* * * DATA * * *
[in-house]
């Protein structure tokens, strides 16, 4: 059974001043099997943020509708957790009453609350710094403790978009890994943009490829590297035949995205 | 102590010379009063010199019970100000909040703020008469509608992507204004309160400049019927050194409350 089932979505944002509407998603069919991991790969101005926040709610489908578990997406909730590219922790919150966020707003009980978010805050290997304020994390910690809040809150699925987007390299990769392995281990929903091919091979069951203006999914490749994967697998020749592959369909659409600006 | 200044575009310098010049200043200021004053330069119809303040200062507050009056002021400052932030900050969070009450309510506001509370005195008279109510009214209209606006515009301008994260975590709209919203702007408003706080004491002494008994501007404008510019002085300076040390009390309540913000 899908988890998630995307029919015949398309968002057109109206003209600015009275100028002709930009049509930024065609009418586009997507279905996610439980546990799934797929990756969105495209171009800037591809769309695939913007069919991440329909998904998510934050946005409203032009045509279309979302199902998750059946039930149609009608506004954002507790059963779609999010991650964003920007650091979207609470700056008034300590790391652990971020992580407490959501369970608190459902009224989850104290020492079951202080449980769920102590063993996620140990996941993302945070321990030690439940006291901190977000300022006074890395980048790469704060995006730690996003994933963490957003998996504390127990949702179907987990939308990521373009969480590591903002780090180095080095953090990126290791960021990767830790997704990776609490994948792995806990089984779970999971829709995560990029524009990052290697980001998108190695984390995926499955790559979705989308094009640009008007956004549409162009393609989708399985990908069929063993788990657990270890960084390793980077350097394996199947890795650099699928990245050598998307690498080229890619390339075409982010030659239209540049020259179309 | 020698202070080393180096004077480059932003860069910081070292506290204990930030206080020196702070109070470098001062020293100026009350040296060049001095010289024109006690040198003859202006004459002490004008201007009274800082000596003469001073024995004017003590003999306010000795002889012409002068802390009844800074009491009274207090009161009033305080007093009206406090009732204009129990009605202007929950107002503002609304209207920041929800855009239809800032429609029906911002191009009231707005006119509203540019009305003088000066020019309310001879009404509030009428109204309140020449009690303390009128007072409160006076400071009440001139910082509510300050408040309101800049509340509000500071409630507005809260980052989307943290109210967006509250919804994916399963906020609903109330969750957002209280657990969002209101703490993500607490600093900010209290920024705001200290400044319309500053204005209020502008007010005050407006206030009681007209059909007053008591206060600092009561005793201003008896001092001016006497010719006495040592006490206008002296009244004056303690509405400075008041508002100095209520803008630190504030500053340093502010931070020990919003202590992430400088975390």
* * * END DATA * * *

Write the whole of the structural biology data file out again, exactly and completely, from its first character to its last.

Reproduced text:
[in-house]
């Protein structure tokens, strides 16, 4: 059974001043099997943020509708957790009453609350710094403790978009890994943009490829590297035949995205 | 102590010379009063010199019970100000909040703020008469509608992507204004309160400049019927050194409350 089932979505944002509407998603069919991991790969101005926040709610489908578990997406909730590219922790919150966020707003009980978010805050290997304020994390910690809040809150699925987007390299990769392995281990929903091919091979069951203006999914490749994967697998020749592959369909659409600006 | 200044575009310098010049200043200021004053330069119809303040200062507050009056002021400052932030900050969070009450309510506001509370005195008279109510009214209209606006515009301008994260975590709209919203702007408003706080004491002494008994501007404008510019002085300076040390009390309540913000 899908988890998630995307029919015949398309968002057109109206003209600015009275100028002709930009049509930024065609009418586009997507279905996610439980546990799934797929990756969105495209171009800037591809769309695939913007069919991440329909998904998510934050946005409203032009045509279309979302199902998750059946039930149609009608506004954002507790059963779609999010991650964003920007650091979207609470700056008034300590790391652990971020992580407490959501369970608190459902009224989850104290020492079951202080449980769920102590063993996620140990996941993302945070321990030690439940006291901190977000300022006074890395980048790469704060995006730690996003994933963490957003998996504390127990949702179907987990939308990521373009969480590591903002780090180095080095953090990126290791960021990767830790997704990776609490994948792995806990089984779970999971829709995560990029524009990052290697980001998108190695984390995926499955790559979705989308094009640009008007956004549409162009393609989708399985990908069929063993788990657990270890960084390793980077350097394996199947890795650099699928990245050598998307690498080229890619390339075409982010030659239209540049020259179309 | 020698202070080393180096004077480059932003860069910081070292506290204990930030206080020196702070109070470098001062020293100026009350040296060049001095010289024109006690040198003859202006004459002490004008201007009274800082000596003469001073024995004017003590003999306010000795002889012409002068802390009844800074009491009274207090009161009033305080007093009206406090009732204009129990009605202007929950107002503002609304209207920041929800855009239809800032429609029906911002191009009231707005006119509203540019009305003088000066020019309310001879009404509030009428109204309140020449009690303390009128007072409160006076400071009440001139910082509510300050408040309101800049509340509000500071409630507005809260980052989307943290109210967006509250919804994916399963906020609903109330969750957002209280657990969002209101703490993500607490600093900010209290920024705001200290400044319309500053204005209020502008007010005050407006206030009681007209059909007053008591206060600092009561005793201003008896001092001016006497010719006495040592006490206008002296009244004056303690509405400075008041508002100095209520803008630190504030500053340093502010931070020990919003202590992430400088975390």